Friday, November 30, 2012

What Didn't Happen

Brian and I seem to have developed a not particularly wonderful habit of having riding accidents in the fall. It started the year we got Bear - 2010. I had a horrible crash on Halloween. Then Brian came off hard our very next ride. I suffered a concussion and Brian's shoulder bothered him for months.

The next year Brian took another fairly hard fall in October. Though I made it through the season unscathed, I also had my roughest rides of the year right around the time Brian fell. We both marked the pattern, and have hoped not to repeat it this year.

Today was the last day of November, and we had a close call.

As always seems to be the case when things happen, we went out looking for a quiet ride. And it seemed we'd get it. Steen's still a bit under the weather. Laredo has been a trooper lately, taking everything we throw at him with total aplomb.

There was a lot of equipment at work in the fields, so while we'd intended to go out and about a bit more, we didn't want to be in the way. We stuck closer to home (though we did wear our hunting vests).

One of my biggest faults with Steen is I still let him get away with having a comfort zone. He's great on the section of the strip we ride most regularly, but if we get beyond some invisible line, he starts to get agitated. It's so much easier to keep him where he's well behaved, I haven't addressed this the way I should. But I came back from the Martin Black clinic determined to work on broadening Steen's horizons a little every ride.

With that thought in mind, I pointed Steen down the drainage shortly after we got going. Brian does this all time. He's been taking Bear out on little solo forays more and more, and I think it's great.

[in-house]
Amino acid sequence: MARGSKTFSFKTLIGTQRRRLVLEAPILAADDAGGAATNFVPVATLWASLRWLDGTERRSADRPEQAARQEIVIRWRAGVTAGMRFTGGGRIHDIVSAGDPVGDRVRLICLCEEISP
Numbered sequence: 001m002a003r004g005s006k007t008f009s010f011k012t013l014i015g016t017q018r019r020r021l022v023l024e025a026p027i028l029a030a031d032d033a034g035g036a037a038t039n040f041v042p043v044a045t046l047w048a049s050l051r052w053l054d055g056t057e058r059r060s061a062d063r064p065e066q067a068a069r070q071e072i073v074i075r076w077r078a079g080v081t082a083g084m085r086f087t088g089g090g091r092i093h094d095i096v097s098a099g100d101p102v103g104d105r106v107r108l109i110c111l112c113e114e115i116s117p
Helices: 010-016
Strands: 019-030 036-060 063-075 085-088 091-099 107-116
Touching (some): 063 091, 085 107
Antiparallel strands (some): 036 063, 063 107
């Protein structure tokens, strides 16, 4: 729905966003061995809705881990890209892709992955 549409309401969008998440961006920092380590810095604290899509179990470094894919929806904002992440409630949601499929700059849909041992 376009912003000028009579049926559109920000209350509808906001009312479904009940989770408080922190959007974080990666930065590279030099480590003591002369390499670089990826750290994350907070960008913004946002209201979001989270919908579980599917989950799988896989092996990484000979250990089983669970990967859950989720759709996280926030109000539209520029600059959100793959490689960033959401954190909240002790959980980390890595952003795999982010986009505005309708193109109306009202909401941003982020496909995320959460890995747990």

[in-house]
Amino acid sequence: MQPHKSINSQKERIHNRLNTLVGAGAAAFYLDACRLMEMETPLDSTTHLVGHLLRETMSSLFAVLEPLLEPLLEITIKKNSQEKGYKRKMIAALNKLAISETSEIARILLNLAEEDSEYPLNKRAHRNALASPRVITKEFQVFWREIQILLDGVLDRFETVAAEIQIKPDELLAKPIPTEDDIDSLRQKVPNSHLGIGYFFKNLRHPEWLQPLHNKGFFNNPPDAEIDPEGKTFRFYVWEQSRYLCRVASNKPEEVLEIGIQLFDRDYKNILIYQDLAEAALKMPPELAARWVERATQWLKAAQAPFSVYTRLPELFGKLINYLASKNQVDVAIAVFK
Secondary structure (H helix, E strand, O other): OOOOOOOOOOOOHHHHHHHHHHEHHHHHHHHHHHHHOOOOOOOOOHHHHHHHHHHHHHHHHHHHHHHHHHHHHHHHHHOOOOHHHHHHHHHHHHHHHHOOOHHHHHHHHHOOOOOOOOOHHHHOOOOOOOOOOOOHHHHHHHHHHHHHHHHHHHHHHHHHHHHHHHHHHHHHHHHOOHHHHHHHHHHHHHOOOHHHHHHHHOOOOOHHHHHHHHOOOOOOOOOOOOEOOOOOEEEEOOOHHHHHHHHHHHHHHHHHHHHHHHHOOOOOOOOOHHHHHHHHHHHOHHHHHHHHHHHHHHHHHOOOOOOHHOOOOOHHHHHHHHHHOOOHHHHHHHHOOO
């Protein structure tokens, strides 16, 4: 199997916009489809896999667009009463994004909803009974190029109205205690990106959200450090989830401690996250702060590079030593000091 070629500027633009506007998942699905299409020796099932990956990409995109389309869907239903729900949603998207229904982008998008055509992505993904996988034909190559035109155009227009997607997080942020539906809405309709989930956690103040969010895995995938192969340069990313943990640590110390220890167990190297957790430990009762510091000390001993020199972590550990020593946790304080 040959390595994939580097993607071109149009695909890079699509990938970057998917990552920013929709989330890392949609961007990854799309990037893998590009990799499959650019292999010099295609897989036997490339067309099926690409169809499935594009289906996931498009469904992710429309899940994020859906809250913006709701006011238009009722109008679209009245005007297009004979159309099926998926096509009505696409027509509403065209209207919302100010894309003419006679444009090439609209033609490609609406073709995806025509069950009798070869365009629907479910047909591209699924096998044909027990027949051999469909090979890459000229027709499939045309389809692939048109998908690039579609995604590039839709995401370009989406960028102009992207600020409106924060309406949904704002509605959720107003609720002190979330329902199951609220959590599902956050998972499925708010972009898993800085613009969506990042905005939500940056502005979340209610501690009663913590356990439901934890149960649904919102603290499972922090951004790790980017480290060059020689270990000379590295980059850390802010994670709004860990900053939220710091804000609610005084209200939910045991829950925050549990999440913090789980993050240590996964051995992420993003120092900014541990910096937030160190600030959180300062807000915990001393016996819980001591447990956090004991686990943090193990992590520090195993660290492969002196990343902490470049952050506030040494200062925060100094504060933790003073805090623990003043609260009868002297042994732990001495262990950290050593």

I hadn't gotten very far down the drainage when I heard the loud thunder of hooves a horse only makes when it is running as hard as it can. I turned and saw Laredo streaking down the strip. Brian was still in the saddle, but clearly not in control.

I would so much rather be on a runaway horse than be watching someone I love on a runaway horse. I was having flashbacks as Laredo charged into the same field where Brian fell two years ago. It was downhill, and Laredo was RUNNING. I have never seen this horse flatten out and haul like that.

But Brian stayed on. Laredo came down out of the field, crossed the drainage and started running up the hill on the other side, where I saw Brian organize himself and give Laredo a calculated pull that brought him to a stop.

Laredo stood there breathing hard. Somewhere during Laredo's charge I had brought Steen's head around purely for prevention purposes and he was turning little circles trying to figure out why I was holding onto him that way. I let him go and we all stood there. My heart was hammering. I said, "What happened?"

Brian said, "He took off after you."

Who knows what happens in the mind of a three year old? They were trotting figure eights when Laredo looked up and saw we were far away. Normally Laredo couldn't care less whether he is near other horses or not. This time, for some reason, panic ensued.

But, true to form, after catching his breath Laredo hiked back to the barn as if nothing had happened. After working on a few more figure eights I asked Brian if he'd like me to ride off again, to recreate the moment but not the panic. Steen and I headed out again.

Things went fine the second time. Laredo looked but didn't give Brian any trouble. I came back and we worked on backing half circles around each other. Here I felt more Wade magic. Steen was moving back and around with energy, on seat position alone. I've literally never felt a horse move like that. He was so responsive I had some calibration trouble at first. It was awesome.

We finished up the ride with a few runs of the routine, and both guys were great. We dismounted on a positive note.

Steen demanded I post this picture of him in my new saddle after rear cinch removal.

Tomorrow is December, which I consider officially winter. So while it was a bit too close for comfort, but we made it through the fall without any falls.

Ride Time: 0:45
Horseback hours YTD: 144:45

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